Fifteenth Sigma Xi Postdoctoral Poster Abstract

 

 

SELF-ASSEMBLY OF PLANT LECTINS ON GOLD SURFACES

 

Todd A. Morris*, Alexander W. Peterson*, Illarion V. Turko, and Michael J. Tarlov*

 

 

The immobilization of lectins on suitable substrates is a crucial step in the development of glycoprotein and cell surface carbohydrate assays. Most protein therapeutics made by the biotechnology industry are glycoproteins and lectin arrays are a promising technology for rapid glycoprofiling of these products for process monitoring and quality control applications.  Carbohydrates also decorate cell surfaces and play an important role in cellular communication, adhesion, development, and cancerous cell growth. An appropriate lectin-based matrix array could be employed to screen for malignant cells.  In most procedures, the fabrication of a lectin-based array requires that the substrate surface first must be modified with an organic film to anchor the immobilized lectin in its native, biologically-active state.  A variety of surface chemistries have been developed to accomplish this goal.  In contrast, our approach has been to modify the protein with a thiol (-SH) functionality to facilitate self-assembly of the lectin onto bare gold surfaces. The plant lectins used were Concanavalin A (ConA), peanut agglutinin (PNA), and wheat germ agglutinin (WGA). A facile reaction between 2-iminothiolane and e-NH2 groups of the lectin’s lysine residues generated the intended thiol functionality.   The degree of thiolation was determined by UV-Vis spectroscopy and MALDI-TOF mass spectrometry. Exposure of bare gold surfaces to an aqueous solution of the modified protein results in spontaneous formation of lectin films that were characterized by reflection-absorption infrared spectroscopy (RAIRS) and x-ray photoelectron spectroscopy (XPS). Surface plasmon resonance spectroscopy (SPR) allowed in situ monitoring of lectin film formation. The retained biological activity of the lectin films was demonstrated with lectin-specific carbohydrate solutions.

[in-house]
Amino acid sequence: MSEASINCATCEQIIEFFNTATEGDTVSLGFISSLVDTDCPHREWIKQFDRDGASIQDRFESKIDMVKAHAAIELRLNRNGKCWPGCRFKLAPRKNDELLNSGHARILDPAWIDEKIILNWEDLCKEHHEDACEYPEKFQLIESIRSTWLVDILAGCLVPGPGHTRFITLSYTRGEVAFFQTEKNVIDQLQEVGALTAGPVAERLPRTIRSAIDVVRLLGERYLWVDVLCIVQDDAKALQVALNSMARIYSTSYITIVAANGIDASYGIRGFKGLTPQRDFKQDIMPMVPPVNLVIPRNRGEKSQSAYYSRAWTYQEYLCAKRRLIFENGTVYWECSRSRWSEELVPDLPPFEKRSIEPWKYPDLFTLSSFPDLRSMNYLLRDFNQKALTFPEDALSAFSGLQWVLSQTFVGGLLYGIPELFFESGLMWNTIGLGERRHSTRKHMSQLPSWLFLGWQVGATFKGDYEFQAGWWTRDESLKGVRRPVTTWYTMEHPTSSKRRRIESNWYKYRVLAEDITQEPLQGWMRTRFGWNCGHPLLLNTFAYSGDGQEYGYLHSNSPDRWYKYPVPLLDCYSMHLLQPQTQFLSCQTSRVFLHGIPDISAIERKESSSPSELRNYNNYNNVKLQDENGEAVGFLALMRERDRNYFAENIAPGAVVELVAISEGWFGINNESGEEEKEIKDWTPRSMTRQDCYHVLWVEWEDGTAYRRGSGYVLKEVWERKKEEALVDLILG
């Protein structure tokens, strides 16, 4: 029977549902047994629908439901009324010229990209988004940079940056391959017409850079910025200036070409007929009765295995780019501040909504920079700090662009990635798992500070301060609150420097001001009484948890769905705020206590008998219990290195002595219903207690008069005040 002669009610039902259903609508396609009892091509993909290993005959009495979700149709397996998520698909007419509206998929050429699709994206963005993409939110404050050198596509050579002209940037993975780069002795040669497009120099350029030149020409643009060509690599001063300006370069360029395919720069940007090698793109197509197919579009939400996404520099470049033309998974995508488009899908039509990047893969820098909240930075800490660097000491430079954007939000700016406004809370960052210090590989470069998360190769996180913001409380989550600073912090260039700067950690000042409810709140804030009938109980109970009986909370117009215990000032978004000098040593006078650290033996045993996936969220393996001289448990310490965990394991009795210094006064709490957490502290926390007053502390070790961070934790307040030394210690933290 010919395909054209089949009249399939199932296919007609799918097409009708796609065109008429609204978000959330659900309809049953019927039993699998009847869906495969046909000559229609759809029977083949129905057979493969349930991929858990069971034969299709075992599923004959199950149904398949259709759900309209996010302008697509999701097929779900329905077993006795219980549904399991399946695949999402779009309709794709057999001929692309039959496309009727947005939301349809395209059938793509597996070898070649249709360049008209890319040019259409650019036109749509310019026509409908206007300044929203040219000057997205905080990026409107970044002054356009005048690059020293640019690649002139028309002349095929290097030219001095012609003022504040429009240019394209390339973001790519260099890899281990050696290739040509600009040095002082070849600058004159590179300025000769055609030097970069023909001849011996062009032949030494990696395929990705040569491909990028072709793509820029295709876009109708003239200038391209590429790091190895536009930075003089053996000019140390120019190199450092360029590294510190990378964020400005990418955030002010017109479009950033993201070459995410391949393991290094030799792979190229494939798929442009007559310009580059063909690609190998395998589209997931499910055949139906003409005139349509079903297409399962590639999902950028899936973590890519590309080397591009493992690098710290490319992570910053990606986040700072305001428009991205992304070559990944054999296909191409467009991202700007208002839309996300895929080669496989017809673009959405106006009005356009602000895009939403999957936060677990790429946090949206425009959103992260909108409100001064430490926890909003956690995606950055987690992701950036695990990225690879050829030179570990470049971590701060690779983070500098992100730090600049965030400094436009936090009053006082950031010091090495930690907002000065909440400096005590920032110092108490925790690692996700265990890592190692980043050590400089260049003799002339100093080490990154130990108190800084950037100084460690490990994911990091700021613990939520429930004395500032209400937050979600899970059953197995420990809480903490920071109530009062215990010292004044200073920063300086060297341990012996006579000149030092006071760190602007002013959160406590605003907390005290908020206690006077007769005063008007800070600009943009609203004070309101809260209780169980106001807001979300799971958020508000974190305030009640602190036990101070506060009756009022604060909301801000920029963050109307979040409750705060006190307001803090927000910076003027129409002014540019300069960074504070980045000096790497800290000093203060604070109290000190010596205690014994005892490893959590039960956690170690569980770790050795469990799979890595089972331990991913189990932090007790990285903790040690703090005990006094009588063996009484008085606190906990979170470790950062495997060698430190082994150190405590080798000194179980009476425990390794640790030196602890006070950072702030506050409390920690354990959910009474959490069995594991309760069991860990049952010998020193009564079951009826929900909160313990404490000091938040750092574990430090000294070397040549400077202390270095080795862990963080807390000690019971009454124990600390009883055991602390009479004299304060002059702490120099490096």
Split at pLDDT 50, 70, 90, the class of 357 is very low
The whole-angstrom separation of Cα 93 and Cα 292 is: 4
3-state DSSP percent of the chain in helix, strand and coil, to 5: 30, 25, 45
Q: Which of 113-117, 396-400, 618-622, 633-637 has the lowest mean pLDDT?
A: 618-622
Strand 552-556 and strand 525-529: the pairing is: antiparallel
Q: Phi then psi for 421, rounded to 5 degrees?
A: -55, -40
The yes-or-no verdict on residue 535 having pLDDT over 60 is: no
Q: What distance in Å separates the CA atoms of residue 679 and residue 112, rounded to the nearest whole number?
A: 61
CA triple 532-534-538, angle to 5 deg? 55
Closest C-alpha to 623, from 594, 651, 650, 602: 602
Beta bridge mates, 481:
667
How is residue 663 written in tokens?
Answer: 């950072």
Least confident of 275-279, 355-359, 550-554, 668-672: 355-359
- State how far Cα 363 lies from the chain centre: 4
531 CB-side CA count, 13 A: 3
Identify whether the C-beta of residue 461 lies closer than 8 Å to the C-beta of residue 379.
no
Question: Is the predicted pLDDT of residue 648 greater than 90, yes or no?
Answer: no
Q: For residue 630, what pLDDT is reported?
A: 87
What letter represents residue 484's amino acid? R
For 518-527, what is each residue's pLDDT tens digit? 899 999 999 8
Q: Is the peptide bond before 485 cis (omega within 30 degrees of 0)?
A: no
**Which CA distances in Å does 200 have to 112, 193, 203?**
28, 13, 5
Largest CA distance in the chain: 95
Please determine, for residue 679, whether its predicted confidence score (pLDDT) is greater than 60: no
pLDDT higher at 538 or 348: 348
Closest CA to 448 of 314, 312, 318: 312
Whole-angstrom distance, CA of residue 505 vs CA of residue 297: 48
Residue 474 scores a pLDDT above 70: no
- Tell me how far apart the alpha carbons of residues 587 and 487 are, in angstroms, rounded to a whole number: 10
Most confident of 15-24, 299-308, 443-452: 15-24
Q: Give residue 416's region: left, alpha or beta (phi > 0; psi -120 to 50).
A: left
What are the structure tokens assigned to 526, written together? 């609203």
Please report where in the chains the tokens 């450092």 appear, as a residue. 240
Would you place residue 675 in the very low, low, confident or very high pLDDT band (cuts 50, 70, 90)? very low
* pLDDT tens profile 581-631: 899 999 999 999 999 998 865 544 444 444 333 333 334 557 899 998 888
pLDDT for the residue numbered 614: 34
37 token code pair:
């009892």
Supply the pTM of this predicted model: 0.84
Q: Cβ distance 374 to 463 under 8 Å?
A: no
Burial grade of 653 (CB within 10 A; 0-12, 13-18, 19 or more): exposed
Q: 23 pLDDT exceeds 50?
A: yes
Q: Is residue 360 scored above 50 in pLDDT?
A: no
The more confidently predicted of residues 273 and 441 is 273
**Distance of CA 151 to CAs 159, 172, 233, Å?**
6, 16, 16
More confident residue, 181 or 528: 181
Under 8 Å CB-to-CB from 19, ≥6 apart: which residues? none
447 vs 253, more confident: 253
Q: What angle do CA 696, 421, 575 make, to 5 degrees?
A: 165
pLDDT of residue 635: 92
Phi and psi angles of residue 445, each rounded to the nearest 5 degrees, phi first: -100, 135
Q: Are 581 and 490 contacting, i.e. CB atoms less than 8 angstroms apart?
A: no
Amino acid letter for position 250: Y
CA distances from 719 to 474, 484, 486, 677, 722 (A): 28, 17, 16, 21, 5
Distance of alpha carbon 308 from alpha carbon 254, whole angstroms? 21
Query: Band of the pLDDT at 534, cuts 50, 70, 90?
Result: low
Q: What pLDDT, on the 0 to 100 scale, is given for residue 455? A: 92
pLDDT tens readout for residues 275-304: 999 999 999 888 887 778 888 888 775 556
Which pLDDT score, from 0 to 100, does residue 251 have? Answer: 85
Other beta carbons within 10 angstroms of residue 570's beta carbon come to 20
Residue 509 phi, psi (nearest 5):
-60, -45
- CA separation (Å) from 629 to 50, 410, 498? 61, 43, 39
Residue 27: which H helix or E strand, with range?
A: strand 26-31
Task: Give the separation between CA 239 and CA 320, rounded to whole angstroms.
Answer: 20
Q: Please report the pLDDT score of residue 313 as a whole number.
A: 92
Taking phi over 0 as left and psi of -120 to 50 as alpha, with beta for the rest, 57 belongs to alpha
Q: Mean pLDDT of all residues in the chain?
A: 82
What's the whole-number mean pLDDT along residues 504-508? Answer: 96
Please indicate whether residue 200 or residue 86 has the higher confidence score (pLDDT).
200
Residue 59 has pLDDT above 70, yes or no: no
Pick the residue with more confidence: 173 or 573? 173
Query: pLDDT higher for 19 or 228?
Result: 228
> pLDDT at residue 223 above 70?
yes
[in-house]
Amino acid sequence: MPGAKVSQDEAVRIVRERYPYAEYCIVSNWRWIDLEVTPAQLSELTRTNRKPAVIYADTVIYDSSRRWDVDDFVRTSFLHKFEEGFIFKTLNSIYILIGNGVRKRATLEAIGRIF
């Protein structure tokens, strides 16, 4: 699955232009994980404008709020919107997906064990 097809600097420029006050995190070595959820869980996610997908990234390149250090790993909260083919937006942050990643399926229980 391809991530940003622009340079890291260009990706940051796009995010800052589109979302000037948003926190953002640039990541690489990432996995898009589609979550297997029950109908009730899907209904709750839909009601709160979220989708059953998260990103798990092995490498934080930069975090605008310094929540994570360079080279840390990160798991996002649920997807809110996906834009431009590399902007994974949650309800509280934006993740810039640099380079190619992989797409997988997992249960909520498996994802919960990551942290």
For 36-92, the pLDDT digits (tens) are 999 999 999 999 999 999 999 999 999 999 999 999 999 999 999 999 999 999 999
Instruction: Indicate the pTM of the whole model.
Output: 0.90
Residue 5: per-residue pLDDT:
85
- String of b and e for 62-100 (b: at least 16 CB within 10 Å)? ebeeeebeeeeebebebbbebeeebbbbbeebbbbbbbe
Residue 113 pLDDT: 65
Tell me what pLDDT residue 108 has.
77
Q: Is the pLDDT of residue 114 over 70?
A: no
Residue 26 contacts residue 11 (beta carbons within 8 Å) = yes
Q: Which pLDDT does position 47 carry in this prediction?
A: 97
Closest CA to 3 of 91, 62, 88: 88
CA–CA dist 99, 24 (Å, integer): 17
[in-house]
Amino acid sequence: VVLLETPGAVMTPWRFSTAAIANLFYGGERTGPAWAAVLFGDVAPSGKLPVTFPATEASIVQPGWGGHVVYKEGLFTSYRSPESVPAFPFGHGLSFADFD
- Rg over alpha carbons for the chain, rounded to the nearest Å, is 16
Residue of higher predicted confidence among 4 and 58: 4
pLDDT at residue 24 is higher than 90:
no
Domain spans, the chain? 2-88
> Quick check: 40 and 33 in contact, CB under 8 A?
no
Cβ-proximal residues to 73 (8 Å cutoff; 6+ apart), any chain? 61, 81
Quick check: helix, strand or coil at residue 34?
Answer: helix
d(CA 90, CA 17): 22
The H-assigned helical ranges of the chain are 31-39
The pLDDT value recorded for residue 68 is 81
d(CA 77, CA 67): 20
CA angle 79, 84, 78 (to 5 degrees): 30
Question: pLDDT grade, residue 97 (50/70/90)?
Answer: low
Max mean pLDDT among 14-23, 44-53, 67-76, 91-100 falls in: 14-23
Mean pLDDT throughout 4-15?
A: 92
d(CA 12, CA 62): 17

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*National Institute of Standards and Technology, Gaithersburg , MD 20899

Center for Advanced Research in Biotechnology, Rockville, MD 20850

 

 

 

 

Author Information

Author: Todd Morris

Mentor: Michael Tarlov

Division: Process Measurements Division, 836

Laboratory: Chemical Science and Technology Laboratory

Room: B328

Building: Physics Building (221)

Mail Stop: 8362

Telephone: (301) 975-2563

Fax: (301) 975-2643

e-mail: todd.morris@nist.gov

Sigma Xi membership: no

Category: Chemistry